Skip to comments.Adventures in Counterfeiting
Posted on 03/22/2011 8:41:51 PM PDT by TheConservativeCitizen
Ron Paul and Sovereign Citizen types are going berserk about this pretty interesting currency case.
A man has been convicted and could face 25 years in federal prison on counterfeiting charges, for what the government describes as a form of domestic terror designed to destabilize US currency. Bernard von NotHaus is some kind of anti-fed type who has minted and distributed millions of Liberty Dollars: silver coins that are 100% backed by precious metals he owns and are meant to be a more stable alternative to the US dollar. He claims the Liberty Coins are a form of barter, and that their use is voluntary with the understanding its not real money, but the coins are marked with the words dollars, USA, Trust in God, and the $ sign.
A short video about the Liberty Dollar:
He started in the 90′s with warehouse receipts for silver he owned, the Secret Service investigated him, but since the notes were actually backed up by silver and the words legal tender were not used on the receipts, it was judged not counterfeiting. The problem began when he minted the coins and in an effort to help introduce them into general circulation made them somewhat resemble real money. Bernard von NotHaus states the coins constitute a voluntary bartering system with both parties understand the coins are not actual US currency, he claims his system is an alternative, not a counterfeit to the US dollar.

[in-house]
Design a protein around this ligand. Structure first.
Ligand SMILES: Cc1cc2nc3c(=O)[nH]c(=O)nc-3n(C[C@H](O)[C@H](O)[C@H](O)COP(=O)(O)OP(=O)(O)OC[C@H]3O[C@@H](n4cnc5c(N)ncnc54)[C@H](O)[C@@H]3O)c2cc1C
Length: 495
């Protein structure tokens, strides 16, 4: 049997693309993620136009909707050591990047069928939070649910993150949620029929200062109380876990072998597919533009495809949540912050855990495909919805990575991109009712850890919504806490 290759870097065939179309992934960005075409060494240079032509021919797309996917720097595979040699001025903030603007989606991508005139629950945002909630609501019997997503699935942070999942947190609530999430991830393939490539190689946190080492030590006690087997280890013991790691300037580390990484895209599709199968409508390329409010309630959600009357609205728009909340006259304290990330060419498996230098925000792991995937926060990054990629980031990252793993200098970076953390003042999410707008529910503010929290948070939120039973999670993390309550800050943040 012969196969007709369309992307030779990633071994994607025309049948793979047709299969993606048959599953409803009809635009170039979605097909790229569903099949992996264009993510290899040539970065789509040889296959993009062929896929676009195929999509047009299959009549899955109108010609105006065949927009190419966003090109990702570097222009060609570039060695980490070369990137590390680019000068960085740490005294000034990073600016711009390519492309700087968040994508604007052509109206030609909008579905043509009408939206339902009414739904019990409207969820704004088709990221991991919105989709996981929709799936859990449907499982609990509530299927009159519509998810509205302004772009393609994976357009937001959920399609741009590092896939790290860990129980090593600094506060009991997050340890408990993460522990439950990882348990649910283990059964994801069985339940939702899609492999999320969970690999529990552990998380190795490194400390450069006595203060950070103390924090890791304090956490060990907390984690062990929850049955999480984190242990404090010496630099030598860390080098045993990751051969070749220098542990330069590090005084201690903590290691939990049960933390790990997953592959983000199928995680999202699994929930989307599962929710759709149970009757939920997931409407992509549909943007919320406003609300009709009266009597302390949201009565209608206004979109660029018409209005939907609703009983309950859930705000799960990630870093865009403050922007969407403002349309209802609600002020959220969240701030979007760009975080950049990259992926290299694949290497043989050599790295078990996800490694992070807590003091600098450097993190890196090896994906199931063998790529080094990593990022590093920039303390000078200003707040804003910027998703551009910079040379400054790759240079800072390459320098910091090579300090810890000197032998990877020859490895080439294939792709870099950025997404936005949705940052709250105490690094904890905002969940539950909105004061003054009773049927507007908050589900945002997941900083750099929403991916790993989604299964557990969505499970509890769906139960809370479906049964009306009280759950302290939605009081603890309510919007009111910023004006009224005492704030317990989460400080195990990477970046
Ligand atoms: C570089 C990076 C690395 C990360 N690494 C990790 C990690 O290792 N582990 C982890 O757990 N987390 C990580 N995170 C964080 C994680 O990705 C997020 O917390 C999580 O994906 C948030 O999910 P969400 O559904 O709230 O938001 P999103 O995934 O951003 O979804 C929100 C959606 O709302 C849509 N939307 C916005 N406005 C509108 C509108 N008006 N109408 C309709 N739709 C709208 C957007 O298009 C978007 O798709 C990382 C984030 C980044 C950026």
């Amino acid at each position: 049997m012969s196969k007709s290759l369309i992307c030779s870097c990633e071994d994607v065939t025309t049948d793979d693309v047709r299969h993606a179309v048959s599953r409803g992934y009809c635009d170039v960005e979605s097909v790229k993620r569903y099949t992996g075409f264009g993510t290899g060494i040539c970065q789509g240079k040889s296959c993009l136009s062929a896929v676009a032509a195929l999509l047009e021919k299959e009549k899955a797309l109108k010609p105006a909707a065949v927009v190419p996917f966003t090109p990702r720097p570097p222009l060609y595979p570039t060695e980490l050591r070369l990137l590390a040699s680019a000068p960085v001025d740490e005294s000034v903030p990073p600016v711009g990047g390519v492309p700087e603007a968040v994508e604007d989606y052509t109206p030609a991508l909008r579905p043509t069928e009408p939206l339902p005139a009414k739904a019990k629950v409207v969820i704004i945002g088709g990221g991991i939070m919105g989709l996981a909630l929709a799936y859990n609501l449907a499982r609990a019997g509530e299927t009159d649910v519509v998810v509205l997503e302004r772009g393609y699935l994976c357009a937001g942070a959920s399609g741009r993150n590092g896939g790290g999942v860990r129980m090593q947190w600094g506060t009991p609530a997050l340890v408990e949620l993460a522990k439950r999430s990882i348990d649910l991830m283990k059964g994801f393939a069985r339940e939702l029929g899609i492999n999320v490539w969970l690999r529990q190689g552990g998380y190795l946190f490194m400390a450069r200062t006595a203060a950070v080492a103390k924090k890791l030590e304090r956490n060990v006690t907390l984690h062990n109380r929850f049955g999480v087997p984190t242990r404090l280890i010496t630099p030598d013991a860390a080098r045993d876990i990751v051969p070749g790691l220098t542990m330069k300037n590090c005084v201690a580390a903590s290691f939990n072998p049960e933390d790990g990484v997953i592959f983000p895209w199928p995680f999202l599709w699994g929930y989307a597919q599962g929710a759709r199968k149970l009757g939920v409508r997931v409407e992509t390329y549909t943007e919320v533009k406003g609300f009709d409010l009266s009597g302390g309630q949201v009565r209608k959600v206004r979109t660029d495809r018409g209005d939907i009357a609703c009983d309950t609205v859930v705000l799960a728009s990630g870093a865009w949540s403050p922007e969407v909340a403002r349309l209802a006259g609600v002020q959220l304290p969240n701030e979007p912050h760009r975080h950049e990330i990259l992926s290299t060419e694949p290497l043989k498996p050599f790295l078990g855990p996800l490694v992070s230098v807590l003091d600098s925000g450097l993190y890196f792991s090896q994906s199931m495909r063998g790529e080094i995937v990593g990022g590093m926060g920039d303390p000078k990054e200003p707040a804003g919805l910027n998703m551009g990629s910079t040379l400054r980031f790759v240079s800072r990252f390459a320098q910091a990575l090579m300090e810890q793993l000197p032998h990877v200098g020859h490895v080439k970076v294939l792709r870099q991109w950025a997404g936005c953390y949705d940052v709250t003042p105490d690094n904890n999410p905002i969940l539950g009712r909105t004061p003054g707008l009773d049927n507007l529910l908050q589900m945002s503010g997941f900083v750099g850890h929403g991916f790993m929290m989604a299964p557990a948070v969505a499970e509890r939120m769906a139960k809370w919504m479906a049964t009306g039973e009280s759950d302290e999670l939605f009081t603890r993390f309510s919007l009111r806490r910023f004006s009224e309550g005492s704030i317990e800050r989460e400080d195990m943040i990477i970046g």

I think this case opens up some interesting discussion about the nature of currency. We can all agree that children trading baseball cards, or World of Warcraft players trading digital weapons and armor does not constitute counterfeiting despite both cases developing a complex and intricate barter system complete with supply and demand relationships, price inflation, and fluctuating exchange rates with real currency. At what point do we cross the line and an innovative barter system becomes counterfeiting?
PS: In case anyone wonders, I have never owned nor have had any financial stake in the Liberty Dollar, and would strongly advise a consultation with a lawyer, an accountant, and a federal agency before accepting or using anything that could conceivably be construed as counterfeit money.
Not sure this would fall under that definition. And I now want one. Off to ebay I go.
According to someone who looked into this on an earlier thread this guy was running some kind of scam. It is not illegal to make coins per se but his appeared kinda confusing as to what they really were. I get ads all the time to buy special coins from long established companies.
Did he sell them for US currency?
yet it is ok when our government hires the fed...nothing more than a partnership of “private” banks to print worthless money backed up by nothing...a ponzi scheme that madoff would have admired!
And that is the argument that hung him. It is legal to produce coins as collectibles; but it is illegal to produce coins intended to circulate as money whether they resemble US coins or not.